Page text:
It's brilliant working with a stunt team. They realised quite quickly I wasn't just saying it for show - I genuinely love doing things like that. At school, during Activities Week, I'd be the first to sign up for abseiling. They let me do as many of the stunts that were safe. My stunt double was jokingly saying, "What about me? When's my turn?"
You're playing another great female character in The Libertine. Did you know much about Elizabeth Barry?
No, but as soon as I read the play, I started researching, and realised everything Stephen Jeffreys wrote was true. She did speak like that, she was known for being a proto-feminist who fought her corner. They asked her to do a variety performance and weren't going to pay, because it was for the monarch, and she said "No, you don't get me for free."
She set up her own theatre company, and she had Rochester's child but didn't marry him, because then she'd become his property, which she didn't believe in. I really relish saying her words every night. I have a picture of her up in my dressing room, just to remind me that she was a real person - I want to make sure I honour that. She did so much to make women acting on stage respectable, and I feel very lucky that I'll be able to look back and know that playing her was a part of my career.
Did you do much research?
Antonia Fraser's incredible book The Weaker Vessel was really helpful. There was a chapter specifically on actresses of the time, but actually the whole book was brilliant - how women were viewed in the period, and love too. Rochester and Barry had a very tactile, openly loving relationship, and that would have been viewed as incredibly vulgar - all that hugging and kissing in public. That's in the play as well, but my understanding was really bolstered by Antonio's book. I also read Rochester's poems, which are still pretty shocking, and Filthy English, which is about the evolution of swearing and language, but also the perception of morality.
What's it like making your West End debut?
It's quite surreal sometimes, stepping up on that stage, or even just standing in the wings, seeing everyone rushing around - the mania going on backstage that the audience is blissfully unaware of. You just think "This is so brilliant, being part of this world." I've never done anything in a theatre of this size, or this kind of material.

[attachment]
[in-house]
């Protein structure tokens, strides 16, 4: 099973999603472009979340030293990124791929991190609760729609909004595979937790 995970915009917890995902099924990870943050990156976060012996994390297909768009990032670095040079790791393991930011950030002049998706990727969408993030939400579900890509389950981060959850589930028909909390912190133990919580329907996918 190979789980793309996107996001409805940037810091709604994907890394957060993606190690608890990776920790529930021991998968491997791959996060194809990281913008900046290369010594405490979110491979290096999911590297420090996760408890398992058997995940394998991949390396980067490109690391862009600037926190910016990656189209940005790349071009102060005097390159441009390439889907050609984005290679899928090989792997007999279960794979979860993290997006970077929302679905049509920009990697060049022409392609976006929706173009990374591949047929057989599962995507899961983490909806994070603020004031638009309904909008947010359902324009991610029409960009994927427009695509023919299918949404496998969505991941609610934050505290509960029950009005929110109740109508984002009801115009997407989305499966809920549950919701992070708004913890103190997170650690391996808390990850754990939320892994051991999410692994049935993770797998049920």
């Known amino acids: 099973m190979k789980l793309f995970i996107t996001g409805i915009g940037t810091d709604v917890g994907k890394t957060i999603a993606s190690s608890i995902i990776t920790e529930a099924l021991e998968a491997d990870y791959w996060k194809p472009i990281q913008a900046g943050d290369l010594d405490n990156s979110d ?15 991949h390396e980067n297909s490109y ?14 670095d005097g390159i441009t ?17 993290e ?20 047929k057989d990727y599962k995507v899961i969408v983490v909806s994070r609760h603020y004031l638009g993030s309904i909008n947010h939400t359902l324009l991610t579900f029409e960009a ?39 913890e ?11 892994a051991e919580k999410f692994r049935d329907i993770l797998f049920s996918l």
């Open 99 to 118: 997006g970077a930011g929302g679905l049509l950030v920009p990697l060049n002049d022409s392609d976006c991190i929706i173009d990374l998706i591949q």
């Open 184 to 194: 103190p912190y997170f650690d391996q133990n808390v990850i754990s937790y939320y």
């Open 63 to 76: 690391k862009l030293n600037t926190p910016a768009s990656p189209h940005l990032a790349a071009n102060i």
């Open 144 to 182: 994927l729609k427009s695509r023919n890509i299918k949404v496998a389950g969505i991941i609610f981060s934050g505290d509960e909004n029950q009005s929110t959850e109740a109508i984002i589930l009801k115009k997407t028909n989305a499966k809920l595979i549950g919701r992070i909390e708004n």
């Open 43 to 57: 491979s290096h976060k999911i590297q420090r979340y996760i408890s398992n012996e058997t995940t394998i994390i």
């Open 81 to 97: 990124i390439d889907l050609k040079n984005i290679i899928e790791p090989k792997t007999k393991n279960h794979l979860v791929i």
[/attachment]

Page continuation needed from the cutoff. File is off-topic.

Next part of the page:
Any differences between the London audiences and the ones in Bath?
Actually, yes. I'd say the ones in London are a bit less shocked, and maybe respond differently to some of the jokes. In Bath, they were very vocal about the expletives and some of the more risqué bits - lots of gasping!
In terms of the drama, it's a different experience in a big theatre. When Elizabeth Barry announces she's having his child, but she's doing it on her own, she's got her own money, and he's a bad influence, you can actually hear them listening. There's something about the sheer size of the audience - you can really feel the effect those moments have on them. It's been fascinating adjusting your dial every night depending on the response. It's very immediate.
Is it interesting doing a play that says so much about theatre?
Absolutely, and it really forms Rochester and Barry's relationship. She finds his views so beguiling, when he says "In the playhouse, every action good or bad has its consequence; drop a handkerchief and it will return to smother you. Outside the playhouse there are for me no crimes and no consequences." It might sound like a contradiction in terms, but they really believe you can hold a mirror up and let the audience see their world - that theatre can be a place of truth.
When he later reneges on that and says nothing on stage is true, she finds that so shocking and disappointing. It's this gradual corruption of something they once shared together. I really enjoy that discussion, and when friends come to see it they always pick up on it.
Are you now able to be a bit more selective about the parts you choose?
I don't quite have the luxury of cherry-picking - I have to see what comes my way. But I have always been picky. I didn't just go up for anything in pilot season, which surprised my American team - I'd rather wait until it's the right thing, even if that means not working for a bit.
I just happened to fall into TV and film early on, but I definitely want to do more on stage. Because I hadn't done any plays, I wasn't offered any, but since The Effect and now with The Libertine, lots are being sent in. I do have some parts I'd love to play - like Sally Bowles, which I did at Latymer. I love singing as well. Or Iago, which is a phenomenal role. It feels like a good time now: people are finally getting it, that it doesn't matter whether it's a man or a woman playing these parts, which is such a relief. I'm dying to do more theatre. It's so addictive!
Finally, any advice to budding performers?
Don't underestimate yourself - and just keep going. My mum always said the difference between the successful and the unsuccessful is the successful don't give up.
Photo credit: Alastair Muir